For the last couple of days there has been a HUGE new structure in Rye Bay. It’s the “Svanen” – Dutch for swan. An 8700 tonnes crane converted to being a monopile installer. Basically it lifts wind turbine towers & bangs ’em into the sea bed! Rather amazingly it can lift 800 tonnes and work in 40 m. of water.
Archive for the 'Marine' Category
Without doubt the highlight of the day off Dungeness was a pod of four Orcas, all likely to be males judging by their dorsal fin size and shapes, which were watched for about 20 minutes in mid-morning as they fed about a mile offshore.
At last a nice fog free morning to appreciate the low water shore, at least 150 Sandwich Tern were roosting and feeding waders included Bar-tailed Godwit, Dunlin, Grey Plover and Knot. A Common Hermit Crab provided additional interest, I think a Netted Dog-welk has provided the home for the crab. Also this morning 700 Golden Plover were roosting on Flat Beach and 165 Mediterranean Gull were on Ternery pool. At Lime Kiln a Little Ringed Plover passed overhead heading for Wader Pool.
Taking a walk down the strand line today I came across quite a few deceased urchins. The pile below was gathered from just a metre or two on the beach so there must have been thousands in total. I believe they are the Green sea Urchin, Psammechinus miliaris, apparantly common to all of Britain’s coasts but probably not frequently seen to this extent on dry(ish) land.
I think this is a sponge called the Sea Orange – Suberites ficus. The texture and colour gives its common name. There were quite a few on the beach this morning, it was an extremely long tide, but the only ones that were orange shaped had lost their outer layer. Read the rest of this entry »
A couple of days ago there were “bunches of black grapes” on the shore. Some of these were rescued and put into the marine tank at Lime Kiln Cottage information centre. Here they have hatched in to tiny and very cute Cuttlefish – about 12mm long. They are facinating to watch through a magifying glass as they change colour, hover and then use their jet propulsion to whizz off… and catch their food.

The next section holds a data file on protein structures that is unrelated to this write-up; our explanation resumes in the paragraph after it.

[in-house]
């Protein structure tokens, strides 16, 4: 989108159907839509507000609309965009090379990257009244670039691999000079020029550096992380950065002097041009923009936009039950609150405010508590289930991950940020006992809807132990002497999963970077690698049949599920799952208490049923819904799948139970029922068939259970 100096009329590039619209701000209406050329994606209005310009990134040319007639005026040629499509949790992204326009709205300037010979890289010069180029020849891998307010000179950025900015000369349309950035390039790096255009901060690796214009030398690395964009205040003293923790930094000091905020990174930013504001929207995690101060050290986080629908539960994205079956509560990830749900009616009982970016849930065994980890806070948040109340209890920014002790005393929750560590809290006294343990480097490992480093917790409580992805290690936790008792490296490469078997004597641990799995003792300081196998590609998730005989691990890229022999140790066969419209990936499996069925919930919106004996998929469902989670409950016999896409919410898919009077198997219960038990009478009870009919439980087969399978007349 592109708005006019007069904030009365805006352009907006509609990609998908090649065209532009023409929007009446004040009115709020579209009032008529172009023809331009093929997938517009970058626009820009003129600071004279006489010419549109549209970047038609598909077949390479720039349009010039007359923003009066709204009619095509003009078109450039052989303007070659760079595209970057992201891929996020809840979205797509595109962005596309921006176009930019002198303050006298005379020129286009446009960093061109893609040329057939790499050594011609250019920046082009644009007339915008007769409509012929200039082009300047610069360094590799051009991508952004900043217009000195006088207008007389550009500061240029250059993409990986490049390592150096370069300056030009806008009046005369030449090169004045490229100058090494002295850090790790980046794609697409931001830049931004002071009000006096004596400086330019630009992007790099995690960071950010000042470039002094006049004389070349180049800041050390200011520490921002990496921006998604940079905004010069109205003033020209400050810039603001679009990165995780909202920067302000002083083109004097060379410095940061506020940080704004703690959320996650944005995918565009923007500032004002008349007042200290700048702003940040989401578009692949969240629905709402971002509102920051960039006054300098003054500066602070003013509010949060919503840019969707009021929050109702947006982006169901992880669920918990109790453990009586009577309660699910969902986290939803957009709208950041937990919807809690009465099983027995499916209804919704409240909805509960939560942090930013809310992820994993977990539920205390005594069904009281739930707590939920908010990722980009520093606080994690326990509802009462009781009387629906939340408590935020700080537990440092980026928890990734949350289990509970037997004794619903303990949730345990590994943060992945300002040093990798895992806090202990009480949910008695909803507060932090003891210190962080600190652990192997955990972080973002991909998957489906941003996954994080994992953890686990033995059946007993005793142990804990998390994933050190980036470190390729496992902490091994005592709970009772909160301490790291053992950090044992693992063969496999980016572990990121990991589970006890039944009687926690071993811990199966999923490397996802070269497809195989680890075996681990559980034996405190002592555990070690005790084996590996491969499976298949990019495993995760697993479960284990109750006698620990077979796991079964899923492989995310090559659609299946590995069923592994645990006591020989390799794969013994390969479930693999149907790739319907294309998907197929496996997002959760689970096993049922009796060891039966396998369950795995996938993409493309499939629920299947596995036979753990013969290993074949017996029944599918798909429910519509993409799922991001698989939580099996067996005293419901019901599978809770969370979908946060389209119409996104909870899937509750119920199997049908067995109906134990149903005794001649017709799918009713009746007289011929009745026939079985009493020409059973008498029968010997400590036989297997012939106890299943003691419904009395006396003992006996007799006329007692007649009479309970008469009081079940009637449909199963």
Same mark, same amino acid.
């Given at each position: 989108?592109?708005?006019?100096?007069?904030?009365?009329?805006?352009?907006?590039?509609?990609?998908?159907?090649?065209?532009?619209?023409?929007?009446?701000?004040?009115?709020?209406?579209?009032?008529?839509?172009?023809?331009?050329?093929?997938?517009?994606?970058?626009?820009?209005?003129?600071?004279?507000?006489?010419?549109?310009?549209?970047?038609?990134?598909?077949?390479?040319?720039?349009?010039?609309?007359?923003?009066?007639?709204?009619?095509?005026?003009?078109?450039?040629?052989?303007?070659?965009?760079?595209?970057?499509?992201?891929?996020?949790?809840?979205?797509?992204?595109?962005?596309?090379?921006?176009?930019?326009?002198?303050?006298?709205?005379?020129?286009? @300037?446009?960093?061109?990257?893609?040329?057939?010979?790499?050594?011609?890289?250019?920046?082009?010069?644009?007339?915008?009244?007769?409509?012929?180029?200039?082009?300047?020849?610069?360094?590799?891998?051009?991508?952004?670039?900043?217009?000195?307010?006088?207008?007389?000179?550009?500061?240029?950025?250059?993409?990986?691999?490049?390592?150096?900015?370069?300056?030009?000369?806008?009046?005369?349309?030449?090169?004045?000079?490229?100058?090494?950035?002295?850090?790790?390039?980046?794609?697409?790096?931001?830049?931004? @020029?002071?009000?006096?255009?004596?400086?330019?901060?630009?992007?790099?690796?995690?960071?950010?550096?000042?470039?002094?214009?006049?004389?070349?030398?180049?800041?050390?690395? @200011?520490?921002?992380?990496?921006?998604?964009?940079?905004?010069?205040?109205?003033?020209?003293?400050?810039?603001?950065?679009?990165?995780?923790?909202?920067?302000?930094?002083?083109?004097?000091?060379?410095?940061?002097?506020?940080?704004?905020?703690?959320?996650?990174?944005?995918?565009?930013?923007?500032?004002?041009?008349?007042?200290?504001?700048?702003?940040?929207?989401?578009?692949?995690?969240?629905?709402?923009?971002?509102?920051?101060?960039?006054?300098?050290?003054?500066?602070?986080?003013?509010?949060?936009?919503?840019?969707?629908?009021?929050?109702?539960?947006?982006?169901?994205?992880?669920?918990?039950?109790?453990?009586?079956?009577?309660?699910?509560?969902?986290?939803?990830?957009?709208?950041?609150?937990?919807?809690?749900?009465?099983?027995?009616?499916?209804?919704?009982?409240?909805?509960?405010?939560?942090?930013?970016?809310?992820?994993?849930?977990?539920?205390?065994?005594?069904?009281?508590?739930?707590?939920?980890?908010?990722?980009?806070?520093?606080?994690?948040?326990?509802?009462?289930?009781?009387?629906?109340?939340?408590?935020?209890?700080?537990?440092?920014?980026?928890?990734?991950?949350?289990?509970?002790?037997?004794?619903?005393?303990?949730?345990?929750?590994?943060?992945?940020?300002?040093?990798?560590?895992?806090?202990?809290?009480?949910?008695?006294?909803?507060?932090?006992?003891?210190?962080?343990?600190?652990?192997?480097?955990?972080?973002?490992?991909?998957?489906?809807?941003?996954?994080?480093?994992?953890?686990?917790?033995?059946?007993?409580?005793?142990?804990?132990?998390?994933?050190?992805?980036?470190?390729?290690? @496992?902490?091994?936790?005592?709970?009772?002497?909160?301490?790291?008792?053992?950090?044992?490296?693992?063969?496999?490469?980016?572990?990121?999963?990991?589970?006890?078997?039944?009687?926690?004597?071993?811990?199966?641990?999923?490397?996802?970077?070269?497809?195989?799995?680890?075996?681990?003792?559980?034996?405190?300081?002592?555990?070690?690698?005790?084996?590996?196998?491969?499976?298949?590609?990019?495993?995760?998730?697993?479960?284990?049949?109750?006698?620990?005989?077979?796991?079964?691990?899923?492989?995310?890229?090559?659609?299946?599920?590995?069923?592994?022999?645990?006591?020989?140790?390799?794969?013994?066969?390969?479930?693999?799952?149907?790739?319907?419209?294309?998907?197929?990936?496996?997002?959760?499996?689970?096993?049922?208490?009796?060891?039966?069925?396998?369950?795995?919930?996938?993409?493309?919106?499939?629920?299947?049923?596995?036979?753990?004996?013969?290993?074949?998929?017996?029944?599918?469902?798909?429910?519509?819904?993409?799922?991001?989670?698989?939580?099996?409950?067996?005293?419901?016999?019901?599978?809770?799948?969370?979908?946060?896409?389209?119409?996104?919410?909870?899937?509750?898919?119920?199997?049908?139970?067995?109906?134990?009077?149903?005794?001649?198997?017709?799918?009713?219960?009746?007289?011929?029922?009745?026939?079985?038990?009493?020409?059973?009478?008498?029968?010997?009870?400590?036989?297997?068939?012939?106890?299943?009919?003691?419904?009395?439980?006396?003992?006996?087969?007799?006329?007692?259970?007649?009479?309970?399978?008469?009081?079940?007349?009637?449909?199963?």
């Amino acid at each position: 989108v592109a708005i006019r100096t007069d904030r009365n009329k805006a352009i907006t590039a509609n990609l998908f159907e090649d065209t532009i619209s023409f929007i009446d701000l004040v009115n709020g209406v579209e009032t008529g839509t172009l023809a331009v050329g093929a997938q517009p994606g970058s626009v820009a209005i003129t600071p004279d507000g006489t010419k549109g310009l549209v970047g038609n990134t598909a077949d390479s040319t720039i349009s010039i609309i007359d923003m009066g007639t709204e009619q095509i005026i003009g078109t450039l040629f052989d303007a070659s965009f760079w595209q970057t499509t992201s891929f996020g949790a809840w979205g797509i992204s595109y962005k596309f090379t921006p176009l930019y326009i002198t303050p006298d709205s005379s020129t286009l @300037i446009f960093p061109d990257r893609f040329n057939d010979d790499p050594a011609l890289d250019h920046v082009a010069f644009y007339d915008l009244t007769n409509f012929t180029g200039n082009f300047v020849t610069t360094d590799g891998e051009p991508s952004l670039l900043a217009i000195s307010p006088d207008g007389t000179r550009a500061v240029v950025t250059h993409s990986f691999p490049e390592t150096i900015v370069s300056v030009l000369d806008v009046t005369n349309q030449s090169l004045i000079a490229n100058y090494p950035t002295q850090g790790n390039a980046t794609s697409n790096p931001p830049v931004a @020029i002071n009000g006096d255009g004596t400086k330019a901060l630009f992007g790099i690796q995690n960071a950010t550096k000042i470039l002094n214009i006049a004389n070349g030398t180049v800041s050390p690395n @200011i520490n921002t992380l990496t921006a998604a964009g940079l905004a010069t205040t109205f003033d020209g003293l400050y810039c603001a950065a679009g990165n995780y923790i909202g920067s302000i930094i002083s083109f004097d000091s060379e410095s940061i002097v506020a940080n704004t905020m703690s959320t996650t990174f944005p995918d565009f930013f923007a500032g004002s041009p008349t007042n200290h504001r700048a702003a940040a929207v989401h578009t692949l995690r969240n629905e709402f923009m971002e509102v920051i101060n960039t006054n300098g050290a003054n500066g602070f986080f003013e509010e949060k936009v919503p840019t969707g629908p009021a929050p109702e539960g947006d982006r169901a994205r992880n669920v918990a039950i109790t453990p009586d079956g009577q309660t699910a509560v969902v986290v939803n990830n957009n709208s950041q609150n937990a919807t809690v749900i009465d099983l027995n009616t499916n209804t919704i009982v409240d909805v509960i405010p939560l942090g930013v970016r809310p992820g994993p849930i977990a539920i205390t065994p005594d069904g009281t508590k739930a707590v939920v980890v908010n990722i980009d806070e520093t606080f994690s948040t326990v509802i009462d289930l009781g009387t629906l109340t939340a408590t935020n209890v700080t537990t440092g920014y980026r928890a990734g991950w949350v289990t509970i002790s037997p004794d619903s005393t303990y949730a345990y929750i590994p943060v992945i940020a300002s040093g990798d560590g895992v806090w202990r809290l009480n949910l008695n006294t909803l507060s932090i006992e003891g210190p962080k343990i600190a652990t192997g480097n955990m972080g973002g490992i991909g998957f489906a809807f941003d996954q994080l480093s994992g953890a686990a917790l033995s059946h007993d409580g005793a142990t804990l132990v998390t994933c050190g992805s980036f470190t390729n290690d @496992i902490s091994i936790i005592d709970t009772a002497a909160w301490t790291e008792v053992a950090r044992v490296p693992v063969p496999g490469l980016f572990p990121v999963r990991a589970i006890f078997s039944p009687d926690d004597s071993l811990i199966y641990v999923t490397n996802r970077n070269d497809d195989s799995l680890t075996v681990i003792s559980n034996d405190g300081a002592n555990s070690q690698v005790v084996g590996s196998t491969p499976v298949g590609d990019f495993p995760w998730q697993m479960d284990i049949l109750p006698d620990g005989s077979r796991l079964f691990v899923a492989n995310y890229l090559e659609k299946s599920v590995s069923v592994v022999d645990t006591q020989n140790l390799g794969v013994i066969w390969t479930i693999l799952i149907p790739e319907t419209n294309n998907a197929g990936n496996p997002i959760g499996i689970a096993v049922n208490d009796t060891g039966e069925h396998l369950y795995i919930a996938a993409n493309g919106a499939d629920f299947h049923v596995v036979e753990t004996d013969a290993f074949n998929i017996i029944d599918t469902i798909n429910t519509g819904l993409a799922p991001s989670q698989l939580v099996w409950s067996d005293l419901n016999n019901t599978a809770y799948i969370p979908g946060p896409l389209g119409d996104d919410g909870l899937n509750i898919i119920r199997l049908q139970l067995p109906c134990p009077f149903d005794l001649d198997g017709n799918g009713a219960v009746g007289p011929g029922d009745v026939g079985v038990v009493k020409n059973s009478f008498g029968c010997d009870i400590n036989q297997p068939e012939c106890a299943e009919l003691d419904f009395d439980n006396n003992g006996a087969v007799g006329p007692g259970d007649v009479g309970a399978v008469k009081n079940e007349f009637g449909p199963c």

Read the rest of this entry »
Last night’s Shoresearch at Pett Level found many species, but for me the 2 highlights were – the 2 male Shanny in “breeding plumage” under a rock with no water (nearly black with white lips) and Read the rest of this entry »
Tim Smith – the assistant county ecologist is running a shoresearch event at Pett Level on Tuesday 13th July (this Tuesday!). This is for all who are interested in marine ecology and who may be able to help identifying and surveying this part of the Sussex shoreline. Meeting at 6pm up on the beach wall from the Smuggler’s car park.
Since at least Monday there have been large numbers of the Blue Jellyfish Cyanea lamarckii in Rye Bay. Most are about 15cm diameter. This evening there were hundreds stranded along a short length of the beach. But as Cliff Dean observed “a very pretty jellyfish, but it stings if you’re swimming!” Wikipedia
A cracking early morning and as the mist lifted of the shore a few highlights were found, 2 Black Tern and 5 Little Tern were picked out amongst the many Sandwich and Common Tern. Waders included 6 Grey Plover, 4 Black-tailed Godwit, 5 Knot, 8 Whimbrel and a Common Sandpiper. Masked Crabs were also present in good numbers the one pictured below was stranded on the hard sand and was struggling to bury itself, but when placed in a suitable pool it soon disappeared with only the antennae showing.
Maked Crab Read the rest of this entry »